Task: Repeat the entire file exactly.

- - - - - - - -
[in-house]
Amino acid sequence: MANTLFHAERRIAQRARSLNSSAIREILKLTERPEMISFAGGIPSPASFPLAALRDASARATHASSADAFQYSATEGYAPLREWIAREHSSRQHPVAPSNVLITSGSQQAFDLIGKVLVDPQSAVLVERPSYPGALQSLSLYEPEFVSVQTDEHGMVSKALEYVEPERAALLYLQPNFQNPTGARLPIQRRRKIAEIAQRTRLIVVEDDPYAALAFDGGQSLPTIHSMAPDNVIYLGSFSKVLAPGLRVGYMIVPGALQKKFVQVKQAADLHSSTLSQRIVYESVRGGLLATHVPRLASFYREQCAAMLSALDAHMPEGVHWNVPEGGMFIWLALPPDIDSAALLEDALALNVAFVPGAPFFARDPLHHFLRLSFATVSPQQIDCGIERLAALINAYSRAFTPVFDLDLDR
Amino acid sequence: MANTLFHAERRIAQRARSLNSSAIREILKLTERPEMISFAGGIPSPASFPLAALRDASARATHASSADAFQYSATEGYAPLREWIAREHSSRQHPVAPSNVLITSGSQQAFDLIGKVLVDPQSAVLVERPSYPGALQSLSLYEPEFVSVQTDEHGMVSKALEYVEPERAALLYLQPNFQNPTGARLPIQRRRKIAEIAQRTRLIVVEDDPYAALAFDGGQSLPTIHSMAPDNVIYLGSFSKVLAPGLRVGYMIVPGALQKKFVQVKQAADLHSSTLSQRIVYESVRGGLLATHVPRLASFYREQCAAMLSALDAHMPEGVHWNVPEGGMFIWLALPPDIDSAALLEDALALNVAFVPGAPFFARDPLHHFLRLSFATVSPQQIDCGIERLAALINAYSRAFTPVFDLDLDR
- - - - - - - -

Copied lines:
[in-house]
Amino acid sequence: MANTLFHAERRIAQRARSLNSSAIREILKLTERPEMISFAGGIPSPASFPLAALRDASARATHASSADAFQYSATEGYAPLREWIAREHSSRQHPVAPSNVLITSGSQQAFDLIGKVLVDPQSAVLVERPSYPGALQSLSLYEPEFVSVQTDEHGMVSKALEYVEPERAALLYLQPNFQNPTGARLPIQRRRKIAEIAQRTRLIVVEDDPYAALAFDGGQSLPTIHSMAPDNVIYLGSFSKVLAPGLRVGYMIVPGALQKKFVQVKQAADLHSSTLSQRIVYESVRGGLLATHVPRLASFYREQCAAMLSALDAHMPEGVHWNVPEGGMFIWLALPPDIDSAALLEDALALNVAFVPGAPFFARDPLHHFLRLSFATVSPQQIDCGIERLAALINAYSRAFTPVFDLDLDR
Amino acid sequence: MANTLFHAERRIAQRARSLNSSAIREILKLTERPEMISFAGGIPSPASFPLAALRDASARATHASSADAFQYSATEGYAPLREWIAREHSSRQHPVAPSNVLITSGSQQAFDLIGKVLVDPQSAVLVERPSYPGALQSLSLYEPEFVSVQTDEHGMVSKALEYVEPERAALLYLQPNFQNPTGARLPIQRRRKIAEIAQRTRLIVVEDDPYAALAFDGGQSLPTIHSMAPDNVIYLGSFSKVLAPGLRVGYMIVPGALQKKFVQVKQAADLHSSTLSQRIVYESVRGGLLATHVPRLASFYREQCAAMLSALDAHMPEGVHWNVPEGGMFIWLALPPDIDSAALLEDALALNVAFVPGAPFFARDPLHHFLRLSFATVSPQQIDCGIERLAALINAYSRAFTPVFDLDLDR